It’s a word being attached to products, businesses, fisheries, farms, and more – but what does “sustainable” really mean? And if you can find a definition that everyone agrees on, how do you know whether you are attaining it?

“The problem is that the term has been used in many ways,” says SFI Professor Luis Bettencourt. To some it means quick fixes to crop yield or water quality problems, with little consideration of the ecosystems services that support those fixes or the shifts they require in other human demand or consumption. To others it’s a useful, but general, aspiration.

“One important meaning is to provide improved well-being to humans without long-term damage to the Earth system,” Bettencourt says. “For a business, a city, or a nation, it’s a commitment to a path of scientific and technical improvement and ethics that speaks to improved uses of resources.”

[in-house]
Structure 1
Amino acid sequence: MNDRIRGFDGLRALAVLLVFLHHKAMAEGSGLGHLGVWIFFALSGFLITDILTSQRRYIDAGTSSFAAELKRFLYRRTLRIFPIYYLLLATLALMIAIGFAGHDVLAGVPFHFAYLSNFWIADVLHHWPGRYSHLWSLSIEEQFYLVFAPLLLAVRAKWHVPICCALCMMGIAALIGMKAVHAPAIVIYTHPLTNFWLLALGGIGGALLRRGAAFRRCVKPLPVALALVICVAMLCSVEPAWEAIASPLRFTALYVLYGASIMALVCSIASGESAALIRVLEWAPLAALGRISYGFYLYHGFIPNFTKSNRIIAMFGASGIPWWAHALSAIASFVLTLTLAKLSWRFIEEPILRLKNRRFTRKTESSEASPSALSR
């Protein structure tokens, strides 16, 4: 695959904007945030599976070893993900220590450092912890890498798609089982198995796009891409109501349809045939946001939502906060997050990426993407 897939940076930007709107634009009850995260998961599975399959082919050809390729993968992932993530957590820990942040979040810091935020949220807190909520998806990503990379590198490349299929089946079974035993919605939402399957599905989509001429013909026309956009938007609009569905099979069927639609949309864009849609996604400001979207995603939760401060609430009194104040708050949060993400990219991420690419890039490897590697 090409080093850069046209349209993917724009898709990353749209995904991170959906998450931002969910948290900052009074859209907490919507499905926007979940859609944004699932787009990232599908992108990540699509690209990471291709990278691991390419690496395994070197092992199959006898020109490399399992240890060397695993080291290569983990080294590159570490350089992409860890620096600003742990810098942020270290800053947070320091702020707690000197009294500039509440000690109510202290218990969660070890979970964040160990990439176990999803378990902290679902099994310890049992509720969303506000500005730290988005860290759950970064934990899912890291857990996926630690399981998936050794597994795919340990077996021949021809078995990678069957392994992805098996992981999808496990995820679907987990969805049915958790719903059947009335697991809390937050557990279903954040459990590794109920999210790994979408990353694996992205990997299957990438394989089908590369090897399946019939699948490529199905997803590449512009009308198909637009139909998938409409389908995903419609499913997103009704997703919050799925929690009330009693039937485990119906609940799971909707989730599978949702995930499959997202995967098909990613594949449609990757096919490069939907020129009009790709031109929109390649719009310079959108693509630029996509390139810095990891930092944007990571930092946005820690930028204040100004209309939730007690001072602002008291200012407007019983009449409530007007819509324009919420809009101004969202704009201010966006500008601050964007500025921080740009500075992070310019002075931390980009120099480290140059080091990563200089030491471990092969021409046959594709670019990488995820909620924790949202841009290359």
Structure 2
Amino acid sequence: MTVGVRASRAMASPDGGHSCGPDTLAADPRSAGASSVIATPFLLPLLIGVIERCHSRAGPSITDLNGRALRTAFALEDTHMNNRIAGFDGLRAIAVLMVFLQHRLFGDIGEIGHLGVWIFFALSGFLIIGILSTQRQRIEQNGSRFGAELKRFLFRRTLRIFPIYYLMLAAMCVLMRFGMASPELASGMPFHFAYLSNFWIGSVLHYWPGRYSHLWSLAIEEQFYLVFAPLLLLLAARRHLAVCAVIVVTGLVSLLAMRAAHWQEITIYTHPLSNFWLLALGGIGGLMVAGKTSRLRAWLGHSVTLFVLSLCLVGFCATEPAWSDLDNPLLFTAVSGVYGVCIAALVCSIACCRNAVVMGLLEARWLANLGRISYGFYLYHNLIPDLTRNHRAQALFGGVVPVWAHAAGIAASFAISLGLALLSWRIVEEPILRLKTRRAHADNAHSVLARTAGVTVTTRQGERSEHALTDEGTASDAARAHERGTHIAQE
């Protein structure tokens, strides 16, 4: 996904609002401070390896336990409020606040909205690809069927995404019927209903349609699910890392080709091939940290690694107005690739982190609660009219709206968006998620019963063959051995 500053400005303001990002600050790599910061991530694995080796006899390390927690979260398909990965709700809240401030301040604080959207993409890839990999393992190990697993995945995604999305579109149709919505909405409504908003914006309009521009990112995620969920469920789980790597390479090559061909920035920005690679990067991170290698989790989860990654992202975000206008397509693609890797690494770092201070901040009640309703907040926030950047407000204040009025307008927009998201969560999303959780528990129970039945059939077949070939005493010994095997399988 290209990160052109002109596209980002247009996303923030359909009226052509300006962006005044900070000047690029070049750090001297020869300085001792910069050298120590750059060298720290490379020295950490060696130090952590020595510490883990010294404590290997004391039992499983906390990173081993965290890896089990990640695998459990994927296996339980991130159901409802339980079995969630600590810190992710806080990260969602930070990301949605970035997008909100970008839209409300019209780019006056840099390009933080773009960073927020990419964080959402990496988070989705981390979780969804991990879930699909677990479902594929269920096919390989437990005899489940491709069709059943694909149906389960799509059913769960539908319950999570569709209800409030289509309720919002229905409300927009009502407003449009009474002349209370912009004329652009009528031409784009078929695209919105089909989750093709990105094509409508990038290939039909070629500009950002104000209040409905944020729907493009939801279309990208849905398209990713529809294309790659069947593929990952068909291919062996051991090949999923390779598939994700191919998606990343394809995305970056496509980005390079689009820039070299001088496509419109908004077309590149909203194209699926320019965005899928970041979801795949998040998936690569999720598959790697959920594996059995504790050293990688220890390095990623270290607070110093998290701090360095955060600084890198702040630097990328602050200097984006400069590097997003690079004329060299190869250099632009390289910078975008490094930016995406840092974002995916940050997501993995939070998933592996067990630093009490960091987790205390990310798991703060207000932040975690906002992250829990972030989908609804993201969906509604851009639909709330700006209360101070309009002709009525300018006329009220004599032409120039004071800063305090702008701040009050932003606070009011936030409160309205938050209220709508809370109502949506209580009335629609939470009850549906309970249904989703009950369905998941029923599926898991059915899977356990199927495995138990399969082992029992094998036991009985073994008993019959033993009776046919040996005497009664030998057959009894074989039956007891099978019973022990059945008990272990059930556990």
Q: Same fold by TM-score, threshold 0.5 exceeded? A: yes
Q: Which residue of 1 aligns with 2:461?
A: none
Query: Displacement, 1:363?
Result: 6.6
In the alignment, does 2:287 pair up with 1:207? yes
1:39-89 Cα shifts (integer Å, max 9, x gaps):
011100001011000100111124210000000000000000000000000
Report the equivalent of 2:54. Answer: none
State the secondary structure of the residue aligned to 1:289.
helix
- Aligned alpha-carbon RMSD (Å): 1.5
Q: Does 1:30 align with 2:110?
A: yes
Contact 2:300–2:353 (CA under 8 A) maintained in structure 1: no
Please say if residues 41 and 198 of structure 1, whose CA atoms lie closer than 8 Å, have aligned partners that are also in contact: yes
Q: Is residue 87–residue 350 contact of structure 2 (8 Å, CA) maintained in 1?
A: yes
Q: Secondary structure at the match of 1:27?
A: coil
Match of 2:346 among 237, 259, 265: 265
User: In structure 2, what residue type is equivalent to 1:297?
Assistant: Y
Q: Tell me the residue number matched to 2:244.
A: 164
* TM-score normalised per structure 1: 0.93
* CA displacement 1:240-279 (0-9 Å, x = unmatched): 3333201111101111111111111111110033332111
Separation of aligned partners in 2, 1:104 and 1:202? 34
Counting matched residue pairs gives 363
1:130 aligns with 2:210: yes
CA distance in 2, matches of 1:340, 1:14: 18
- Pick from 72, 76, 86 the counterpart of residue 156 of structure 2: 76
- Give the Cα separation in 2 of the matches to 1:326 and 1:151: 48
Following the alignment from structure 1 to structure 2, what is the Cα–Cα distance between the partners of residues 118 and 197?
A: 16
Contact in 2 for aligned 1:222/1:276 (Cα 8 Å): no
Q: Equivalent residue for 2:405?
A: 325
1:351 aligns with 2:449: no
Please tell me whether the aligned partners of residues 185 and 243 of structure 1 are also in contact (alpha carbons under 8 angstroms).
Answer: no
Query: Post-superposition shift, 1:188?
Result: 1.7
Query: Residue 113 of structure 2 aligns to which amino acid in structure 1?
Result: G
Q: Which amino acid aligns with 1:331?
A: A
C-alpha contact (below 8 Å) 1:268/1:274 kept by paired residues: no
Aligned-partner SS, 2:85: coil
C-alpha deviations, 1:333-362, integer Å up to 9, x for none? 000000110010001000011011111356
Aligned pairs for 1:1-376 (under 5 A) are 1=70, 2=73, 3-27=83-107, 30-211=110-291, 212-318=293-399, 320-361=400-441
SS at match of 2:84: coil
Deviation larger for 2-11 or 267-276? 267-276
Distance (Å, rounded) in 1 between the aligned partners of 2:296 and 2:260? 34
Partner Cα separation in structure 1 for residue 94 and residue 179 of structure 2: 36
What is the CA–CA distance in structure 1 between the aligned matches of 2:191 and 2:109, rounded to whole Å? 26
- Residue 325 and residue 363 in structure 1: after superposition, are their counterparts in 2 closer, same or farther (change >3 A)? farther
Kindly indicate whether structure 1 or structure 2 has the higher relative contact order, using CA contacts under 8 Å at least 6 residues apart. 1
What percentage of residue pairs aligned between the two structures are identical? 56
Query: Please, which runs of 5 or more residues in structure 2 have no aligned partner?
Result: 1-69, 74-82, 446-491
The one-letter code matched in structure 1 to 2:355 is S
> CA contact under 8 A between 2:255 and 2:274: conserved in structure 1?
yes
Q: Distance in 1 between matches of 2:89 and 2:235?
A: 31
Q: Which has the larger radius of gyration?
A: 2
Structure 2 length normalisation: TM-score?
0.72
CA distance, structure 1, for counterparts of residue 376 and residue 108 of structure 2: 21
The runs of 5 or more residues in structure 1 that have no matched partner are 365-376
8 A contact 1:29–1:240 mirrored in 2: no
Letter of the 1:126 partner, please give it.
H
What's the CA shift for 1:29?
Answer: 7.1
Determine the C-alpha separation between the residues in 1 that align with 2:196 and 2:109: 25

What all notions of sustainability have in common is they are difficult to quantify, and therefore difficult to improve upon. A meeting this week at SFI seeks to promote the development of a theory of sustainability along with the identification of data and knowledge systems to support that theory.

SFI Science Board member and External Professor Nina Fedoroff says a science of sustainability must incorporate the impacts of economic growth and human development on the environment.

“Earth and its biological inhabitants, including people, are the most complex system we know,” she says. “We don’t yet have either a theory of complexity or an experimental approach to manage this system, our global system, wisely.”

Fedoroff co-organized the invitation-only workshop with Bettencourt, Molly Jahn of the University of Wisconsin-Madison, and Margaret Collins of the International Institute for Applied Systems Analysis (IIASA).

More about the workshop